THIS one is for you egg eaters out there in Hipfishland who need a little help to make an informed choice when it comes to buying eggs. Today, there are several options in the egg section at your local grocery store beyond the factory-produced “offspring” of Big Ag. My purpose here is not to be preachy about whether you should or should not eat eggs. Instead, I will explore some of the common terms used when marketing alternatively produced eggs. Egg Carton 101, so to speak.
Many of us (myself included) like to imagine that the eggs we eat come from happy chickens that have the run of a fenced in yard all day, then hop onto a roost in the coop to go night-night. For most of the eggs available in the grocery isles, that little fantasy couldn’t be farther from the truth.
The majority of eggs come from factory-farmed hens that are raised in battery cages. This is an industrial agricultural confinement system consisting of multiple tiers of cages in a barn or shed. Under the worst circumstances, chickens are crammed in the cages in such numbers that their movement is restricted. Their diet is manipulated to maximize egg production, sometimes forcing repeated molting. To minimize pecking behavior, their beaks may be trimmed, a procedure considered to cause acute pain and distress with possible chronic pain for the all-too short lifetime of the birds. To keep the bored hens from pecking each other to death, the light intensity is kept low. These birds never get to experience fresh air and sunlight. Lack of exercise and the calcium demand of egg production often lead to osteoporosis in battery-caged hens. One study estimates that at least 25% of battery-caged chickens suffer from bone fractures due to osteoporosis. Laying hens can endure such a lifestyle for about a year before egg production decreases and the birds are “retired.”
Horrifying as this industry is, it is regulated with respect to the minimum amount of space that each bird is allowed. Ever so slowly, regulations are changing toward requiring more humane conditions for the chickens. Several countries (unfortunately not the US) have outlawed battery-cage methods of egg production and the EU has been phasing out the process over several years, culminating in 2012.
The good news is that there are more humane and healthy methods now in use for egg production. Egg distributors take advantage of public interest in humane conditions for animals by marketing their products using terms such as “cage-free”, “free-range”, or “natural.” Some of the terminology used on egg cartons refers to the chicken’s diet, others to the chicken’s living conditions.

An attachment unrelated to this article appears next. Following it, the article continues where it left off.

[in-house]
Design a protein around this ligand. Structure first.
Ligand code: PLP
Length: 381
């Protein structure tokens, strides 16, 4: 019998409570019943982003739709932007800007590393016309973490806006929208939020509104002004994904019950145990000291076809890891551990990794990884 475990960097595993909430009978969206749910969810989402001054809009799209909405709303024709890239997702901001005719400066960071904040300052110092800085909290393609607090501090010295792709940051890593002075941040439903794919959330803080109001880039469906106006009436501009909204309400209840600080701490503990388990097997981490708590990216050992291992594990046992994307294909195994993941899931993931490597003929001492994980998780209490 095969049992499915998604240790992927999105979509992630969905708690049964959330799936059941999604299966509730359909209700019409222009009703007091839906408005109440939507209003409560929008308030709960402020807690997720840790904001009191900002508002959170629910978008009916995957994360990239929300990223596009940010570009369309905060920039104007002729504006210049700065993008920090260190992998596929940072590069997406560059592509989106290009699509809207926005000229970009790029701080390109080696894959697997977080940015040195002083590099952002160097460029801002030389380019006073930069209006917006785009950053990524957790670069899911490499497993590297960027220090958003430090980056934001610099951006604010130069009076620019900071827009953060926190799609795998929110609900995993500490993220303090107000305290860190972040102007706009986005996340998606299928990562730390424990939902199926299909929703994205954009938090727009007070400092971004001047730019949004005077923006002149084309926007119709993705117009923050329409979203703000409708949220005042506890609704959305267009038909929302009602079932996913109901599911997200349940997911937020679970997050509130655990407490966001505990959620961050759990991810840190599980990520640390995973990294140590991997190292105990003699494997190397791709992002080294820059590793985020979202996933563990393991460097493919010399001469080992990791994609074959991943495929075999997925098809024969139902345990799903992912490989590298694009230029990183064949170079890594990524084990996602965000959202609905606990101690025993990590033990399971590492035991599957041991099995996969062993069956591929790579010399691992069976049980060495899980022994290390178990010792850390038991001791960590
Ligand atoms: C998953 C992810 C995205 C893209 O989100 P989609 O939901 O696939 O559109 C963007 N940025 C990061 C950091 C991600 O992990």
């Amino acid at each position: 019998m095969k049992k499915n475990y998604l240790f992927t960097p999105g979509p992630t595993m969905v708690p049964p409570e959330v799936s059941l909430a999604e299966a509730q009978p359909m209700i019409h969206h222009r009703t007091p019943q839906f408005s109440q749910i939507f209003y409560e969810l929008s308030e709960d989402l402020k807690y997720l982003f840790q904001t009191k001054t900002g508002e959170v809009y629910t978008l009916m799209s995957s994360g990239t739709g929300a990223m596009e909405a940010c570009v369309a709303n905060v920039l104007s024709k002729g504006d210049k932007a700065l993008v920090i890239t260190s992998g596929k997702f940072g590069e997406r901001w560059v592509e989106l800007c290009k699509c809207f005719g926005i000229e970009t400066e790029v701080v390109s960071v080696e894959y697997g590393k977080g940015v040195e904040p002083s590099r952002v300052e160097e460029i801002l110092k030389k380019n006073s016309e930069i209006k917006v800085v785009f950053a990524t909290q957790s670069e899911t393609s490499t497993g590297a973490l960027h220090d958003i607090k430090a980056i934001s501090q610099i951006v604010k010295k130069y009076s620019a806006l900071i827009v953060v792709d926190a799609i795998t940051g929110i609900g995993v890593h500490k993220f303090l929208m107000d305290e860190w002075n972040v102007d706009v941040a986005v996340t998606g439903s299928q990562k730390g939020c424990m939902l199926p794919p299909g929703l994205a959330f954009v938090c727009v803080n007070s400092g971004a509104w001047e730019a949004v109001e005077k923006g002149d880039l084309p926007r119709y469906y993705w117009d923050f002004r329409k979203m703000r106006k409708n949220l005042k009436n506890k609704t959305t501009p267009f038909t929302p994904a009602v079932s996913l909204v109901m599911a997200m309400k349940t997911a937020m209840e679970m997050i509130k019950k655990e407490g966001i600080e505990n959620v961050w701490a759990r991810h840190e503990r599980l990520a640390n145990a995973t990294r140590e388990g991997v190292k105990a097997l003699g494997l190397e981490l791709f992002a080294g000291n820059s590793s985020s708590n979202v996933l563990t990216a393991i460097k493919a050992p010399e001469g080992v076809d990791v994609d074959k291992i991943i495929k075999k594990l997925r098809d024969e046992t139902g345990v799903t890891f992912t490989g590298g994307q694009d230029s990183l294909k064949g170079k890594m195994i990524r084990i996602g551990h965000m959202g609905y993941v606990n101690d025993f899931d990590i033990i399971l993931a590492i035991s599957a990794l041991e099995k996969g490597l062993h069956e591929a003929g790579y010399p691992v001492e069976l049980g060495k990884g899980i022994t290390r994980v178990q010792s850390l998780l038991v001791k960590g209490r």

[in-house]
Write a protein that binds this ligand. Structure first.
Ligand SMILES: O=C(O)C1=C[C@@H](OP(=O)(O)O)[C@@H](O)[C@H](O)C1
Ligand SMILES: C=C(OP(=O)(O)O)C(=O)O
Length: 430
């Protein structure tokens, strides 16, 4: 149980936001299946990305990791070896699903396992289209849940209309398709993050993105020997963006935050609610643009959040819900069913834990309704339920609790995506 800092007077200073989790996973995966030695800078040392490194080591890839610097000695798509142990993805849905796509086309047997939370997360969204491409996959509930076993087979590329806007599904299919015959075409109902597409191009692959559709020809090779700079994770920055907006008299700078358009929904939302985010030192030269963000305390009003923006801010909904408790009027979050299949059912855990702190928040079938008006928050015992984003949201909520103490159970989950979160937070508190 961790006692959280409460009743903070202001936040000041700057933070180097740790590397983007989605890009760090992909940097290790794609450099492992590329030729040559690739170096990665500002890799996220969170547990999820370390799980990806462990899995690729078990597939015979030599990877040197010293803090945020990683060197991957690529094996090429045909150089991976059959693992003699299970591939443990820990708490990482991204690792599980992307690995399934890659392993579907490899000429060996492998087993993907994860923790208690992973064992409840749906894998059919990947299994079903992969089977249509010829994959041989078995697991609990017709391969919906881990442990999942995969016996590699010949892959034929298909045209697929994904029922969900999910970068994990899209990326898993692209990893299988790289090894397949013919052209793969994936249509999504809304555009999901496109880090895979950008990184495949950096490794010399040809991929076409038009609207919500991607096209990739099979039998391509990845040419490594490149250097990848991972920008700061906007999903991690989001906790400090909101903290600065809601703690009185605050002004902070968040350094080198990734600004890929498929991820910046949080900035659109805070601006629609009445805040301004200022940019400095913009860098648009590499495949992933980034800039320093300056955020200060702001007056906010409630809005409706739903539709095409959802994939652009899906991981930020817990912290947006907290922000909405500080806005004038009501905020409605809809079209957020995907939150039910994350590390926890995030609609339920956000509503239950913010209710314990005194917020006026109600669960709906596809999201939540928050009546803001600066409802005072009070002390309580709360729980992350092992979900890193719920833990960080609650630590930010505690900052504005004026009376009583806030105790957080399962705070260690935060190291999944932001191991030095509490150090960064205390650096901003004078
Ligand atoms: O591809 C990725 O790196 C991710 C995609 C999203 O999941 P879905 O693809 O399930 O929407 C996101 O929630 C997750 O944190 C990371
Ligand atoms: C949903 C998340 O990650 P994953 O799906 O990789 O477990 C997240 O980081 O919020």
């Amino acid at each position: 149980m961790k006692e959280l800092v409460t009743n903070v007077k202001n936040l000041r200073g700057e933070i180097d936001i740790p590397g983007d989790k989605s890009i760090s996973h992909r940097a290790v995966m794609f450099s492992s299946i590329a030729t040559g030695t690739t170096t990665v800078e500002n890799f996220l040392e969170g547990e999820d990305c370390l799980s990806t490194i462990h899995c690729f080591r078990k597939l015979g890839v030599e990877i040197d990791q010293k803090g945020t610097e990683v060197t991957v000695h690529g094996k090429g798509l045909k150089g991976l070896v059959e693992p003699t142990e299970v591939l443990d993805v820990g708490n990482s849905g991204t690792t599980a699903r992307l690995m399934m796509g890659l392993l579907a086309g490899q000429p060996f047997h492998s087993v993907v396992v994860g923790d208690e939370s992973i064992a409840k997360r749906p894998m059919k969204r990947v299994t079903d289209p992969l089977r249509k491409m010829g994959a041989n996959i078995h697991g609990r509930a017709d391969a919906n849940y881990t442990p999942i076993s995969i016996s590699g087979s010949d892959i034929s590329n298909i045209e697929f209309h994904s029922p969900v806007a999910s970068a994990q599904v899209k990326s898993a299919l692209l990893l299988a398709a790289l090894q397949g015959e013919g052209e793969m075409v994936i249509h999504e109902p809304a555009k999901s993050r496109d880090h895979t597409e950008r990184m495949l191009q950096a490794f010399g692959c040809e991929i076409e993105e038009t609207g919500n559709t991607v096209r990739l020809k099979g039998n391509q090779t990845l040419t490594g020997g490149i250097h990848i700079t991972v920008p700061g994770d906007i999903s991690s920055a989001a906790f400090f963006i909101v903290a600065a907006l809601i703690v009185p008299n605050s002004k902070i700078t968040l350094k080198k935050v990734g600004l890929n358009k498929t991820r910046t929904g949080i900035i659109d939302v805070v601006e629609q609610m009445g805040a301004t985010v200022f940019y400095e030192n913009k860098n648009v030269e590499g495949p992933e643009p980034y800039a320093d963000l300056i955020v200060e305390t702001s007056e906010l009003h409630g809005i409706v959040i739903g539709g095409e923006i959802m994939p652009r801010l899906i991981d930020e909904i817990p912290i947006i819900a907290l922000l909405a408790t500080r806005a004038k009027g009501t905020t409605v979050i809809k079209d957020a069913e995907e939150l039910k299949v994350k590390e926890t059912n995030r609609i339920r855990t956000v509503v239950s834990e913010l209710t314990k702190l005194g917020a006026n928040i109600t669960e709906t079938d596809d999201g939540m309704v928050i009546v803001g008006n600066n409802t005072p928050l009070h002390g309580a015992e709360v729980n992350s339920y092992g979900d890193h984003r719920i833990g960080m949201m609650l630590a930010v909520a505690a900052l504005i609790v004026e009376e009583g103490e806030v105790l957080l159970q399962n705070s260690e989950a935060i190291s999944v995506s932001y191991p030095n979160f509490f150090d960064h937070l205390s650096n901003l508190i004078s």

Cage-Free means that the hens are raised in barns, but they are not caged and can move about. This allows them experience some of the things chickens like to do: flap their wings, scratch at the floor, take dust baths, get a little exercise. They might or might not still be fed hormones, have their beaks trimmed, and live in the dark.
“Free Range” as read on an egg carton doesn’t really mean that chickens get free access to the great outdoors. The US Dept. of Agriculture requires only that the birds have access to outside part of the day, yet allows egg producers to label these eggs as free-range. Anything more generous than that is up to the farmers and distributors.
Much of the terminology printed on egg cartons refer to how the hens are fed. Chicken eggs that are labeled as being high in omega 3 fatty acids are from hens that are fed a diet containing polyunsaturated fats and kelp meal. “Vegetarian diet” and “grain fed” refer to chickens that are not fed any meat, meat-by products, or petroleum-enhanced feed. Organic eggs, with the USDA organic symbol on the carton, are from hens that are fed only organic vegetarian feed and are also allowed some access to outdoors.
As one might expect, organic free-range eggs are more expensive than factory eggs from battery-caged hens. A trip to a few local grocery stores yielded egg prices from $1.29/dozen for white factory-farmed eggs to $4.99/dozen for organic brown free-range eggs (sourced from a farm in Washington state).
The word “natural” is a vaguely used term that may imply that chickens are not given hormones, antibiotics, or other drugs, except during illness. The true natural diet of chickens is what they would get on their own outside: grass and bugs. Pasture-raised free-range hens which forage largely for their own food (with some supplemental feed) tend to produce eggs with higher nutritional quality in having less cholesterol and fats while being several times higher in vitamins and omega 3 fatty acids than standard factory eggs. Pastured poultry are truly free-range chickens and their lives most closely resemble the Disney-esque fantasy I posited above. Their eggs are superior in taste compared to factory eggs and are much better for you.
Sadly, local eggs from pasture-raised hens are currently not available in stores in our area. Eggs sold in stores must pass through government-regulated inspection and grading facilities, of which there are currently none on the North Coast. We can only buy local “grass-fed” eggs direct from farmers – at roadside stands, at farmers markets, or via CSA. The cost is reasonable, ranging from $3 – $5/dozen.
To read more about the nutritional value of eggs from pastured hens, go to: motherearthnews.com/Real-Food/2007-10-01/Tests-Reveal-Healthier-Eggs.aspx.